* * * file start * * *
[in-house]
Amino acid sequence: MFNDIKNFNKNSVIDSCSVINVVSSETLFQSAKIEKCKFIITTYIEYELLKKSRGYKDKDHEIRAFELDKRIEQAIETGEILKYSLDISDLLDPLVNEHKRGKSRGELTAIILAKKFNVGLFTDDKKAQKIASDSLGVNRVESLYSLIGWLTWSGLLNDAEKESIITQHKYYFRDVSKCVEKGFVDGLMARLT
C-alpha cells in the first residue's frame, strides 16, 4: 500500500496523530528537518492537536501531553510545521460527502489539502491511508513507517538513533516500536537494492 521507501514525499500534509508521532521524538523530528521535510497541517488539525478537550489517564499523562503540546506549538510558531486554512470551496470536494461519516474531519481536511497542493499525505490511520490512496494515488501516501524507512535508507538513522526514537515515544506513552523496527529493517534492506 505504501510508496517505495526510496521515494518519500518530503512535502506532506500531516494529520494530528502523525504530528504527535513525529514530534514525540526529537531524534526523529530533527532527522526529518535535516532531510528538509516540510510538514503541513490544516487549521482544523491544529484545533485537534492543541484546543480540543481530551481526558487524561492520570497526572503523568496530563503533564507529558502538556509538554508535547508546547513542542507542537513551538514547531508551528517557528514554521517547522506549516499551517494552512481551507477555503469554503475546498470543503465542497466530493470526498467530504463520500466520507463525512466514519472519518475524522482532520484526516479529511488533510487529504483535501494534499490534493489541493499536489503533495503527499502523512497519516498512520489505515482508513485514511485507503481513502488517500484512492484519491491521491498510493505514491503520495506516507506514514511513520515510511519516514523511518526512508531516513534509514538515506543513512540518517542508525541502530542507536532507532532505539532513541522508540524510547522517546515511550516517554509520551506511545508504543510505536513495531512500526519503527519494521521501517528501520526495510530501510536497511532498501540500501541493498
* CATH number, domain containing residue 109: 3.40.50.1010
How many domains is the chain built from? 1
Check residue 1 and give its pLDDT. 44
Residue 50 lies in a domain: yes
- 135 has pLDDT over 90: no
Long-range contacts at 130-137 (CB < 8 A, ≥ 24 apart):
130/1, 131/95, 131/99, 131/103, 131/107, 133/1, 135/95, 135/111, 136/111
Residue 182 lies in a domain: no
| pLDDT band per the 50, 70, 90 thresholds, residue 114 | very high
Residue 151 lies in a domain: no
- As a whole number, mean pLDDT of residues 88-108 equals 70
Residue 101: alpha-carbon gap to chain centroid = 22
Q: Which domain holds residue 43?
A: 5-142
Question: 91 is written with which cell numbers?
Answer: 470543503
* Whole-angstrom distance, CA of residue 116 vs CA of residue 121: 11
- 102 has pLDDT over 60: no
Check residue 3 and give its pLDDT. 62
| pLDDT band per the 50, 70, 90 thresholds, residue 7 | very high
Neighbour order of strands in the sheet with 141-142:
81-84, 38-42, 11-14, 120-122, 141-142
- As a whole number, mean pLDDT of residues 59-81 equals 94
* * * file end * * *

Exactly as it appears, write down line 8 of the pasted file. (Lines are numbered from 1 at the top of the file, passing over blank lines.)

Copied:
- 135 has pLDDT over 90: no